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Hoffmann, R. A wiki for the life sciences where authorship matters. Nature Genetics (2008)

Functional analysis of conserved histidines in choline acetyltransferase by site-directed mutagenesis.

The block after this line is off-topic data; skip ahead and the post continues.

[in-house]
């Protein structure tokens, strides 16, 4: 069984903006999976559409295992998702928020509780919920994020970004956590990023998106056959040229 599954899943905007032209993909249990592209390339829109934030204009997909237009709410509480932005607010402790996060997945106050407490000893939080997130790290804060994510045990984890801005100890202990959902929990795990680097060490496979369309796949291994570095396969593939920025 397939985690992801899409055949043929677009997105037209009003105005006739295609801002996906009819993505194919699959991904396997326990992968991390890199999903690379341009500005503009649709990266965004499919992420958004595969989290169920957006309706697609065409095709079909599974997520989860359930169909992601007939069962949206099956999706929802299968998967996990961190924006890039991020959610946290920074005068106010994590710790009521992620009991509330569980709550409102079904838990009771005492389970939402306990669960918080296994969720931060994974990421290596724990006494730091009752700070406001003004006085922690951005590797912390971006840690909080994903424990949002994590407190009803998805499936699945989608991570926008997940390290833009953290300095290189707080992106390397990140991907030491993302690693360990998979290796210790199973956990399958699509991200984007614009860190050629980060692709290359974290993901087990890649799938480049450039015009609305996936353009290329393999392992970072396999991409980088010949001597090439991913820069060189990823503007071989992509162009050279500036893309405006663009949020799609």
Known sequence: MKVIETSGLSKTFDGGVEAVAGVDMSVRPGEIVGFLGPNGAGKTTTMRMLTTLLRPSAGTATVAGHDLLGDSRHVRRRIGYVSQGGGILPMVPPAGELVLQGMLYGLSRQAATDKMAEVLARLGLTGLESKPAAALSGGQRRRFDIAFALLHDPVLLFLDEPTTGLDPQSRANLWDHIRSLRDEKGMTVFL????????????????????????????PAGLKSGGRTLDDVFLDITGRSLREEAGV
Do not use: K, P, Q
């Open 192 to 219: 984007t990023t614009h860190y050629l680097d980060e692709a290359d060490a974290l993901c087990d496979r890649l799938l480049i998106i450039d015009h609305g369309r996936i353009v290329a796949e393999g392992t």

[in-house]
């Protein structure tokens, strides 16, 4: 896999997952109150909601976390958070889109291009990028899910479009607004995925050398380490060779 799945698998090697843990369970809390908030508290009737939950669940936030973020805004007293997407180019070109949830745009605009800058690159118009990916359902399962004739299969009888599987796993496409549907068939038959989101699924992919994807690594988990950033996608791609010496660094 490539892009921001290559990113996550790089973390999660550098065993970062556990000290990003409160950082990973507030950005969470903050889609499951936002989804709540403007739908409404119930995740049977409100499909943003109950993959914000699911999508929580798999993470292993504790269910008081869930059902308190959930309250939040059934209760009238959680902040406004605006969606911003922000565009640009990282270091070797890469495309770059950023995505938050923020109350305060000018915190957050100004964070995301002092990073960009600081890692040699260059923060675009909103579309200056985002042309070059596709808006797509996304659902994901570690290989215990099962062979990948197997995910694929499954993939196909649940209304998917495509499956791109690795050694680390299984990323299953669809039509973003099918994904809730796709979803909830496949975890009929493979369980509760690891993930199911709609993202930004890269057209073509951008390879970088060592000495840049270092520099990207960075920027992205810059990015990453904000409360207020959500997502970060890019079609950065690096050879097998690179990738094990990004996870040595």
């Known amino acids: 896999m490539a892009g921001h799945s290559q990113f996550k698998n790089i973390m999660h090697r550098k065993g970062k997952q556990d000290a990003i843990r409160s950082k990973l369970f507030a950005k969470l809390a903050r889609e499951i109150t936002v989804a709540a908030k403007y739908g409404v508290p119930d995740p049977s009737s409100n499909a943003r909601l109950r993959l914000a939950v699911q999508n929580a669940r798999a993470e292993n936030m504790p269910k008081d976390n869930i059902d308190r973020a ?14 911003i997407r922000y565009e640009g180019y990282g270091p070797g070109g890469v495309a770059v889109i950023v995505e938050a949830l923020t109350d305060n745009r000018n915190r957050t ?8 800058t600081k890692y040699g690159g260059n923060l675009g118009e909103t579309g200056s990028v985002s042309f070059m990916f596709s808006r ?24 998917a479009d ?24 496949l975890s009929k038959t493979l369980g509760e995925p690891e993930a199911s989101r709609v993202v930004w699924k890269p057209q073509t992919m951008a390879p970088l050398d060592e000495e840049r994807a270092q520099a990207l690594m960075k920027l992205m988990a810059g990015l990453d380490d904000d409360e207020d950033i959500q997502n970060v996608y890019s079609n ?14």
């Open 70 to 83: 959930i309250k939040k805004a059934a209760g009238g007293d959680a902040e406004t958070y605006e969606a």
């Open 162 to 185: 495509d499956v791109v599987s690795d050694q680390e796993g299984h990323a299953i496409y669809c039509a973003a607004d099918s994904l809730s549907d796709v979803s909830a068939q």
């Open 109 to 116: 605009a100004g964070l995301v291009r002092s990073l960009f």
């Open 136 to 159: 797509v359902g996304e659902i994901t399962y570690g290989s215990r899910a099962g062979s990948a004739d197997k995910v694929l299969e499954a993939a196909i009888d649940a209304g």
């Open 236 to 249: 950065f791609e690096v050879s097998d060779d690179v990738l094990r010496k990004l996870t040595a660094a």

The choline acetyltransferase (ChAT) reaction involves the transfer of the acetyl group of acetyl-CoA to choline, in which an active site histidine is believed to act as a general acid/base catalyst. A comparison of the deduced amino acid sequences of the enzyme from Drosophila, pig, rat, and Caernohabditis elegans revealed three conserved histidines: Drosophila His268, His393, and His426. Each of these histidines was replaced by a leucine and a glutamine, and the kinetic properties of each of the recombinant mutant enzymes were determined. The mutations yielded active His268Leu-ChAT, His268Gln-ChAT, and His393Gln-ChAT and inactive His393Leu-ChAT, His426Leu-ChAT, and His426Gln-ChAT. The kinetic constants Km(CoA), Km(acetylcholine), and Vmax were essentially the same for all of the active mutants. When the integrity of the CoASAc binding site was investigated in the inactive mutants, the data suggested that the binding site in His393Leu-ChAT is disrupted but conserved in His426Leu-ChAT and His426Gln-ChAT. These results suggest that His426 is an essential catalytic residue and could serve as an acid/base catalyst.[1]


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